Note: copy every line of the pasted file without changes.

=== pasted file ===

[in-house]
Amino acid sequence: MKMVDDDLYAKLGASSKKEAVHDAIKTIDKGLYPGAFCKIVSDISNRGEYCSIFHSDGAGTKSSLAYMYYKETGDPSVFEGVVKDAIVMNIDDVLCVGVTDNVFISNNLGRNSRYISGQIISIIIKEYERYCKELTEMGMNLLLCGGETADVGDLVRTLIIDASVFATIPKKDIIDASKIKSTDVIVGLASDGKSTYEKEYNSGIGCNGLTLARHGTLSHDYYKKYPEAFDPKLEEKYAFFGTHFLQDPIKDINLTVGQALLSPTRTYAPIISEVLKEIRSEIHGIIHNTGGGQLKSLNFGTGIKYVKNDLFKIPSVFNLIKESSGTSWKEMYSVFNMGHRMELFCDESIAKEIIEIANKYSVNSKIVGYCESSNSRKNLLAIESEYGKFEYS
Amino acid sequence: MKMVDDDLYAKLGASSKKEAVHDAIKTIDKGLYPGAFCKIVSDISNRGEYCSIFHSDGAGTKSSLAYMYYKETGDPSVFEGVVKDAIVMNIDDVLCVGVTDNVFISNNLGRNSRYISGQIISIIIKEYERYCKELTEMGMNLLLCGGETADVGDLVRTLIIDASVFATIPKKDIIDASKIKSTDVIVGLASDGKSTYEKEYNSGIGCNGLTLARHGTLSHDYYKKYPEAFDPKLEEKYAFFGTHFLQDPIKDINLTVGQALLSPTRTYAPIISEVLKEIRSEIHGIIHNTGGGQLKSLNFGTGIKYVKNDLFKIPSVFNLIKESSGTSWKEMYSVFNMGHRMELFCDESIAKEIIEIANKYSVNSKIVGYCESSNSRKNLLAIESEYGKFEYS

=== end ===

[in-house]
Amino acid sequence: MKMVDDDLYAKLGASSKKEAVHDAIKTIDKGLYPGAFCKIVSDISNRGEYCSIFHSDGAGTKSSLAYMYYKETGDPSVFEGVVKDAIVMNIDDVLCVGVTDNVFISNNLGRNSRYISGQIISIIIKEYERYCKELTEMGMNLLLCGGETADVGDLVRTLIIDASVFATIPKKDIIDASKIKSTDVIVGLASDGKSTYEKEYNSGIGCNGLTLARHGTLSHDYYKKYPEAFDPKLEEKYAFFGTHFLQDPIKDINLTVGQALLSPTRTYAPIISEVLKEIRSEIHGIIHNTGGGQLKSLNFGTGIKYVKNDLFKIPSVFNLIKESSGTSWKEMYSVFNMGHRMELFCDESIAKEIIEIANKYSVNSKIVGYCESSNSRKNLLAIESEYGKFEYS
Amino acid sequence: MKMVDDDLYAKLGASSKKEAVHDAIKTIDKGLYPGAFCKIVSDISNRGEYCSIFHSDGAGTKSSLAYMYYKETGDPSVFEGVVKDAIVMNIDDVLCVGVTDNVFISNNLGRNSRYISGQIISIIIKEYERYCKELTEMGMNLLLCGGETADVGDLVRTLIIDASVFATIPKKDIIDASKIKSTDVIVGLASDGKSTYEKEYNSGIGCNGLTLARHGTLSHDYYKKYPEAFDPKLEEKYAFFGTHFLQDPIKDINLTVGQALLSPTRTYAPIISEVLKEIRSEIHGIIHNTGGGQLKSLNFGTGIKYVKNDLFKIPSVFNLIKESSGTSWKEMYSVFNMGHRMELFCDESIAKEIIEIANKYSVNSKIVGYCESSNSRKNLLAIESEYGKFEYS